Our most joyful experiences can arise out of the most intense psychological suffering, new study shows
The study shows that states of intense wellbeing, joy and feelings of liberation can actually arise from experiences of intense suffering.
Dr Taylor, author of psychology books including 'Back to Sanity' and 'Out of the Darkness', and regular blogger for Psychology Today and now the Huffington Post, evaluated 161 people's reports of their personal awakening experiences, as well as looking at existing research into this area, revealing the most common reasons behind such experiences and how some became permanent states. The study has been published this week in the International Journal of Transpersonal Studies.
Dr Taylor put out a request online for people to contact him who had had an awakening experience at any point in their lives. An awakening experience is one in which a person's surroundings suddenly become brighter and more real; and a deep sense of wellbeing, harmony or one-ness with nature may be felt, as well as a feeling of freedom from difficulties. A number of additional reports were gathered at Dr Taylor's courses and workshops across the country.
Dr Taylor's research showed that the most frequent trigger of an awakening experience was psychological turmoil (23%). The other significant triggers cited were contact with nature, meditation, watching or listening to an arts performance (eg dance, music or theatre). Many different varieties of psychological turmoil were described, including depression, stress, alcoholism, bereavement, encounters with death, serious illness and disability.
Many of these experiences were temporary, but in some cases there was a permanent transformation. Dr. Taylor refers to these as 'suffering-induced transformational experiences' (SITEs). One of the participants in the study described experiencing SITE after going through the AA recovery process for his alcoholism, whilst another, who had become severely disabled, described experiencing a shift when he decided to 'let go' and accept his predicament.
A temporary 'awakening experience' was described by one participant who, as a 17 year old, was upset following a break-up. She cried for hours until falling asleep and when she woke up, she was filled with a peace and contentment she had never known before. She said: "I was extremely happy and felt a great love for all things. It was a very strong feeling, the strength of which I had never felt before or since. I felt as though I was filled with love and compassion. My bedroom looked brighter and sharper and I remember touching things in my room whilst feeling a huge sense of connectedness. I was conscious of not wanting the feeling to go away. But unfortunately it didn't last long."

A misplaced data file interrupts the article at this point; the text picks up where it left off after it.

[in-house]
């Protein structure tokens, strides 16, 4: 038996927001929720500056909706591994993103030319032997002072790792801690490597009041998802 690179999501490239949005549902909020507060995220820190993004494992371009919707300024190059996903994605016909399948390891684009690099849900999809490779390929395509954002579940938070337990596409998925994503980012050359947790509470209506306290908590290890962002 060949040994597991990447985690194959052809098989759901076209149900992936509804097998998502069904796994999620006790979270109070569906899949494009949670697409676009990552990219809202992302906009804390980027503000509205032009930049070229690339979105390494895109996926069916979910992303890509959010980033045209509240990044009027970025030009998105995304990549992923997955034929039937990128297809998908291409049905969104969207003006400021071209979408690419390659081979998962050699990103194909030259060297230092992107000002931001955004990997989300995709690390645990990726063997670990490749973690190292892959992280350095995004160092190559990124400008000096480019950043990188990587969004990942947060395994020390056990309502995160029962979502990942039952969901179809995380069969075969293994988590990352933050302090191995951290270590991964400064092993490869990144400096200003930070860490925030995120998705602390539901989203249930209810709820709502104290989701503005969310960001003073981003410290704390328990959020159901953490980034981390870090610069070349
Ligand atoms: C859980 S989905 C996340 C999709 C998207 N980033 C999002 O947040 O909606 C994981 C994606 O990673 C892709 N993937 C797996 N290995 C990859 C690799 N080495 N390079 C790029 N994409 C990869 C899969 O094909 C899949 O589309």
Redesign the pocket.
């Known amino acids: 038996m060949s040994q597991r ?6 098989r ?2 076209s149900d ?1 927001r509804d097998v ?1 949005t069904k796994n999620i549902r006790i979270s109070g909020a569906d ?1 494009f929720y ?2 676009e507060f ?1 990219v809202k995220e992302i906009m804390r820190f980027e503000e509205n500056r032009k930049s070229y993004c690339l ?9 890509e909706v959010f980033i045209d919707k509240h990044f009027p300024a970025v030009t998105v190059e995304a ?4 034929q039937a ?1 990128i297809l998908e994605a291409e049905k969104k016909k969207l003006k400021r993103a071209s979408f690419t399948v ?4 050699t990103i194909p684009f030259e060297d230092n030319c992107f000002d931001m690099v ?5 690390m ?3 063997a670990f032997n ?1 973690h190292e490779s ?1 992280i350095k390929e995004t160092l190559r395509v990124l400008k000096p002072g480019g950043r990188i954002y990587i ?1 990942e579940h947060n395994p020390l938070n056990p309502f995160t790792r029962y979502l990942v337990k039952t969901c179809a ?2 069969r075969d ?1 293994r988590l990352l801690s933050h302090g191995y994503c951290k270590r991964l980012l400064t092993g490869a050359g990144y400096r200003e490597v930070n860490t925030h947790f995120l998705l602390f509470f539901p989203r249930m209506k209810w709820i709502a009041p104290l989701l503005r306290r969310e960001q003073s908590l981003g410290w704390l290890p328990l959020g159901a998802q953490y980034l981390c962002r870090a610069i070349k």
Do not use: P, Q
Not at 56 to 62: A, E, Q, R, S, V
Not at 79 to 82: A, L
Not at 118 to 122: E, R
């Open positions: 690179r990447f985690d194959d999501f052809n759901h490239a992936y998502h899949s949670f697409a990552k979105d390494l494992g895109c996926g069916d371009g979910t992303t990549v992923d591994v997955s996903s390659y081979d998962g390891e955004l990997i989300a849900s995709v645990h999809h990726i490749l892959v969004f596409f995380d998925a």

Dr Taylor himself related his own experience of an awakening experience which he encountered during an illness which resulted in him spending time in hospital and needing an operation:
"As I began to adjust to the environment and accept my predicament, a sense of lightness and ease began to fill me. I began to feel a glowing energy inside, as if I had made contact with a reservoir of wellbeing which was normally too deep for me to have access to. I spent hours lying on the hospital bed, too weak to read or even watch television, but I felt carefree and content."
Dr Taylor explained that another key difference between temporary and permanent experiences is that the latter involves taking on a new 'self-system'. In cases of extreme and sudden turmoil, psychological attachments, including hopes and ambitions, sense of status and achievement, wealth and possessions, and other people upon whom the person is emotionally dependent, are dissolved, meaning that a new 'self-system' is put in place:
"The dissolution of these attachments is usually the main reason why a person is in a state of turmoil. They are the building blocks of a person's sense of identity. When these are taken away, the structure itself collapses and, for most people, this is equivalent to a breakdown or even psychosis. Yet for a small minority, this gives the opportunity for a new self-system to emerge. In permanent SITEs, the old self-system is dissolved so completely that it cannot reform."
Whilst psychological turmoil is the most common trigger of an awakening experience, natural surroundings provided a significant number of reports. Dr Taylor explained: "Natural surroundings often have a relaxing, mind-quietening effect, which is possibly why research had shown that contact with nature can have a powerful therapeutic effect, as beneficial as psychotherapy and psychiatric drugs."
Meditation and the arts were similarly cited: "In meditation, the individual reduces their exposure to sensory information by closing their eyes and removing themselves from activity. They consciously attempt to slow down and reduce the thought-chatter of the mind. Awakening experiences through watching an arts performance can be explained in a similar way as a performance can have a similar effect to a mantra in meditation, acting as a focus for attention so that the mind becomes quieter and emptier."
Dr Taylor now plans to carry out further research to clarify why certain incidences of psychological turmoil trigger awakening experiences: are there certain circumstances or conditions which are more likely to invoke them, or certain individuals who are more likely to experience them?
If you have ever had a 'suffering-induced transformational experience' or any kind of awakening experience, contact Steve at firstname.lastname@example.org.